Julia Evans

Some notes on NixOS

Hello! Over the holidays I decided it might be fun to run NixOS on one of my servers, as part of my continuing experiments with Nix.

My motivation for this was that previously I was using Ansible to provision the server, but then I’d ad hoc installed a bunch of stuff on the server in a chaotic way separately from Ansible, so in the end I had no real idea of what was on that server and it felt like it would be a huge pain to recreate it if I needed to.

This server just runs a few small personal Go services, so it seemed like a good candidate for experimentation.

I had trouble finding explanations of how to set up NixOS and I needed to cobble together instructions from a bunch of different places, so here’s a very short summary of what worked for me.

why NixOS instead of Ansible?

I think the reason NixOS feels more reliable than Ansible to me is that NixOS is the operating system. It has full control over all your users and services and packages, and so it’s easier for it to reliably put the system into the state you want it to be in.

Because Nix has so much control over the OS, I think that if I tried to make any ad-hoc changes at all to my Nix system, Nix would just blow them away the next time I ran nixos-rebuild. But with Ansible, Ansible only controls a few small parts of the system (whatever I explicitly tell it to manage), so it’s easy to make changes outside Ansible.

That said, here’s what I did to set up NixOS on my server and run a Go service on it.

step 1: install NixOS with nixos-infect

To install NixOS, I created a new Hetzner instance running Ubuntu, and then ran nixos-infect on it to convert the Ubuntu installation into a NixOS install, like this:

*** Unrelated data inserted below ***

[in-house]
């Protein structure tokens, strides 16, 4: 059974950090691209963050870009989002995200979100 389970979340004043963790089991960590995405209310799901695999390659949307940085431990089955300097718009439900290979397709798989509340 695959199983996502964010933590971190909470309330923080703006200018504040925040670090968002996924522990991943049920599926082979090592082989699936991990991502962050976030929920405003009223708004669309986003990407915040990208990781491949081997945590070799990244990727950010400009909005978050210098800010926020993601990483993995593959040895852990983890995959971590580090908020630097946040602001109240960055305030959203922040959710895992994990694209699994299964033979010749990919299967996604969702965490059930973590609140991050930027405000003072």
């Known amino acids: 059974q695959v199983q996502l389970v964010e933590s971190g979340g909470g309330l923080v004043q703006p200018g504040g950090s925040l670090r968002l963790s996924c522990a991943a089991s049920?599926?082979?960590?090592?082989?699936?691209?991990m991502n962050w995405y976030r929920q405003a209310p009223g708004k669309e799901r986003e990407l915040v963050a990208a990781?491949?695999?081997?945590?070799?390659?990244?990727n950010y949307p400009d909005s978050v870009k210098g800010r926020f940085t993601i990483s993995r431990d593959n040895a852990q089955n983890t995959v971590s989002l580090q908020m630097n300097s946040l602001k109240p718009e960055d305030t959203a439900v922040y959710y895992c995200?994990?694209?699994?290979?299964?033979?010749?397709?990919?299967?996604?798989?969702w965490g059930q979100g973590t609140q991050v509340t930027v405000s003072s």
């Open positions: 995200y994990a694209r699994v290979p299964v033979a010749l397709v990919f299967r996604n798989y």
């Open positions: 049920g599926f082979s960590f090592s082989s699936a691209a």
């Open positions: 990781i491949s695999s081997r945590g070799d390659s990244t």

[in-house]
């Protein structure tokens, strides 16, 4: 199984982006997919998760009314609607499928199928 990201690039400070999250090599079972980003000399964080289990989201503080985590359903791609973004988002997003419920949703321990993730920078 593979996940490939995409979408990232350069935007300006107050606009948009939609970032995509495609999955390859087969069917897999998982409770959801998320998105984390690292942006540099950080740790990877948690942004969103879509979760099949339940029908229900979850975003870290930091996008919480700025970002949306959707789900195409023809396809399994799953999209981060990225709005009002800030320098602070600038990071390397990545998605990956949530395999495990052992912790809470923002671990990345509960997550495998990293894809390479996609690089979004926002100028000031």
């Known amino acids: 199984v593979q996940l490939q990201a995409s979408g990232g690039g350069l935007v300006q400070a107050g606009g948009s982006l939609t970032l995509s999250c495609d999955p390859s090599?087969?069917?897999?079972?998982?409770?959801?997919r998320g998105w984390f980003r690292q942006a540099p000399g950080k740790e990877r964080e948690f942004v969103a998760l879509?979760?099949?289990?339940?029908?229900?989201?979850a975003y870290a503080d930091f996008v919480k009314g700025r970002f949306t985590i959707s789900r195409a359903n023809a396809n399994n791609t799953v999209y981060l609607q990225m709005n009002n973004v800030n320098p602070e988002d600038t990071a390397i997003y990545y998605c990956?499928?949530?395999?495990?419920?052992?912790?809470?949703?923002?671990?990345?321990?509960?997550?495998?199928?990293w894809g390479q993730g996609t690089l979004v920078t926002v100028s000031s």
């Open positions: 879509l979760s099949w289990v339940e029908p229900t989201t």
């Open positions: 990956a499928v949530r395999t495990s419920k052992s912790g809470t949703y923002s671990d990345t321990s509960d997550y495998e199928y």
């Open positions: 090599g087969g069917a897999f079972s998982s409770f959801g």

curl https://raw.githubusercontent.com/elitak/nixos-infect/master/nixos-infect | PROVIDER=hetznercloud NIX_CHANNEL=nixos-23.11 bash 2>&1 | tee /tmp/infect.log

I originally tried to do this on DigitalOcean, but it didn’t work for some reason, so I went with Hetzner instead and that worked.

This isn’t the only way to install NixOS (this wiki page lists options for setting up NixOS cloud servers), but it seemed to work. It’s possible that there are problems with installing that way that I don’t know about though. It does feel like using an ISO is probably better because that way you don’t have to do this transmogrification of Ubuntu into NixOS.

I definitely skipped Step 1 in nixos-infect’s README (“Read and understand the script”), but I didn’t feel too worried because I was running it on a new instance and I figured that if something went wrong I’d just delete it.

step 2: copy the generated Nix configuration

Next I needed to copy the generated Nix configuration to a new local Git repository, like this:

scp root@SERVER_IP:/etc/nixos/* .

This copied 3 files: configuration.nix, hardware-configuration.nix, and networking.nix. configuration.nix is the main file. I didn’t touch anything in hardware-configuration.nix or networking.nix.

step 3: create a flake

I created a flake to wrap configuration.nix. I don’t remember why I did this (I have some idea of what the advantages of flakes are, but it’s not clear to me if any of them are actually relevant in this case) but it seems to work. Here’s my flake.nix:

{ inputs.nixpkgs.url = "github:NixOS/nixpkgs/23.11";

  outputs = { nixpkgs, ... }: {
    nixosConfigurations.default = nixpkgs.lib.nixosSystem {
      system = "x86_64-linux";

      modules = [ ./configuration.nix ];

The main gotcha about flakes that I needed to remember here was that you need to git add every .nix file you create otherwise Nix will pretend it doesn’t exist.

The rules about git and flakes seem to be:

  • you do need to git add your files
  • you don’t need to commit your changes
  • unstaged changes to files are also fine, as long as the file has been git added